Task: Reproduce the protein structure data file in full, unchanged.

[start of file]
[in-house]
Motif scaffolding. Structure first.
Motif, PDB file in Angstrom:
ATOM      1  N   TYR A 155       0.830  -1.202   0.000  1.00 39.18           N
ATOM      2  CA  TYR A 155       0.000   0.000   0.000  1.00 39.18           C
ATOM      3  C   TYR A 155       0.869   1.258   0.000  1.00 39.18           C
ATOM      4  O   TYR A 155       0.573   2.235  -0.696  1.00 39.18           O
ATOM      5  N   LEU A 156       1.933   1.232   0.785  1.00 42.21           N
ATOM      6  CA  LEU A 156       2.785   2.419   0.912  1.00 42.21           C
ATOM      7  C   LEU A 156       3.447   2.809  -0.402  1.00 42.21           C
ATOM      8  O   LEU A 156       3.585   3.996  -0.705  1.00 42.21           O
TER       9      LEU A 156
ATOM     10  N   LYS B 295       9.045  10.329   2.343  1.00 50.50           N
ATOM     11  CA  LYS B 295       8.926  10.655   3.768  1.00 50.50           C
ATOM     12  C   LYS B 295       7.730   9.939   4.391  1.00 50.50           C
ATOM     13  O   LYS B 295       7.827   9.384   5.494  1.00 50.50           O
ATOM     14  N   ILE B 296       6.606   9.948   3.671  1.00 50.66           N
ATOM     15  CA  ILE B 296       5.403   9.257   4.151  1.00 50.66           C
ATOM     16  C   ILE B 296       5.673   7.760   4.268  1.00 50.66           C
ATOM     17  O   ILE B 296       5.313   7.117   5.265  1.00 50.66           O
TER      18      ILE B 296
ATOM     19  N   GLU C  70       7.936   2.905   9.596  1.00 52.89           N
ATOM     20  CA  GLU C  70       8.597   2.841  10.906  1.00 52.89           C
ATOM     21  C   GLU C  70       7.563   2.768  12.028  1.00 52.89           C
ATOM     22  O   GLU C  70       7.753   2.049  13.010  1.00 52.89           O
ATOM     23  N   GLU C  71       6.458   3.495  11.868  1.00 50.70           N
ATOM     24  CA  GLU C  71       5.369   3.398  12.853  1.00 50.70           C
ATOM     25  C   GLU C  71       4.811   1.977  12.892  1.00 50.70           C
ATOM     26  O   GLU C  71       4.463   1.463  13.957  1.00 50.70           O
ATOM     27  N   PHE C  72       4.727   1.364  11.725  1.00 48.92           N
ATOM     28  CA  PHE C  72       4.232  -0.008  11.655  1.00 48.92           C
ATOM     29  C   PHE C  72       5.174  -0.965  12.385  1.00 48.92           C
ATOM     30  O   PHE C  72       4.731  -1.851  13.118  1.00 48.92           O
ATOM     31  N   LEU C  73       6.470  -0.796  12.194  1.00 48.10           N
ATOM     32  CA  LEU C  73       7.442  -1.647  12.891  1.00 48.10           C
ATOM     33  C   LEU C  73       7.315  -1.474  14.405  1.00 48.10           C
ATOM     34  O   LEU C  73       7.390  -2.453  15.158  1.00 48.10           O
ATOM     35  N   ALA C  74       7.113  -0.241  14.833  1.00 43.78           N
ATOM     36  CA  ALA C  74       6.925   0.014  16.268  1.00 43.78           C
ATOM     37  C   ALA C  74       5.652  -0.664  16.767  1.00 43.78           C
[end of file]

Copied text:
[in-house]
Motif scaffolding. Structure first.
Motif, PDB file in Angstrom:
ATOM      1  N   TYR A 155       0.830  -1.202   0.000  1.00 39.18           N
ATOM      2  CA  TYR A 155       0.000   0.000   0.000  1.00 39.18           C
ATOM      3  C   TYR A 155       0.869   1.258   0.000  1.00 39.18           C
ATOM      4  O   TYR A 155       0.573   2.235  -0.696  1.00 39.18           O
ATOM      5  N   LEU A 156       1.933   1.232   0.785  1.00 42.21           N
ATOM      6  CA  LEU A 156       2.785   2.419   0.912  1.00 42.21           C
ATOM      7  C   LEU A 156       3.447   2.809  -0.402  1.00 42.21           C
ATOM      8  O   LEU A 156       3.585   3.996  -0.705  1.00 42.21           O
TER       9      LEU A 156
ATOM     10  N   LYS B 295       9.045  10.329   2.343  1.00 50.50           N
ATOM     11  CA  LYS B 295       8.926  10.655   3.768  1.00 50.50           C
ATOM     12  C   LYS B 295       7.730   9.939   4.391  1.00 50.50           C
ATOM     13  O   LYS B 295       7.827   9.384   5.494  1.00 50.50           O
ATOM     14  N   ILE B 296       6.606   9.948   3.671  1.00 50.66           N
ATOM     15  CA  ILE B 296       5.403   9.257   4.151  1.00 50.66           C
ATOM     16  C   ILE B 296       5.673   7.760   4.268  1.00 50.66           C
ATOM     17  O   ILE B 296       5.313   7.117   5.265  1.00 50.66           O
TER      18      ILE B 296
ATOM     19  N   GLU C  70       7.936   2.905   9.596  1.00 52.89           N
ATOM     20  CA  GLU C  70       8.597   2.841  10.906  1.00 52.89           C
ATOM     21  C   GLU C  70       7.563   2.768  12.028  1.00 52.89           C
ATOM     22  O   GLU C  70       7.753   2.049  13.010  1.00 52.89           O
ATOM     23  N   GLU C  71       6.458   3.495  11.868  1.00 50.70           N
ATOM     24  CA  GLU C  71       5.369   3.398  12.853  1.00 50.70           C
ATOM     25  C   GLU C  71       4.811   1.977  12.892  1.00 50.70           C
ATOM     26  O   GLU C  71       4.463   1.463  13.957  1.00 50.70           O
ATOM     27  N   PHE C  72       4.727   1.364  11.725  1.00 48.92           N
ATOM     28  CA  PHE C  72       4.232  -0.008  11.655  1.00 48.92           C
ATOM     29  C   PHE C  72       5.174  -0.965  12.385  1.00 48.92           C
ATOM     30  O   PHE C  72       4.731  -1.851  13.118  1.00 48.92           O
ATOM     31  N   LEU C  73       6.470  -0.796  12.194  1.00 48.10           N
ATOM     32  CA  LEU C  73       7.442  -1.647  12.891  1.00 48.10           C
ATOM     33  C   LEU C  73       7.315  -1.474  14.405  1.00 48.10           C
ATOM     34  O   LEU C  73       7.390  -2.453  15.158  1.00 48.10           O
ATOM     35  N   ALA C  74       7.113  -0.241  14.833  1.00 43.78           N
ATOM     36  CA  ALA C  74       6.925   0.014  16.268  1.00 43.78           C
ATOM     37  C   ALA C  74       5.652  -0.664  16.767  1.00 43.78           C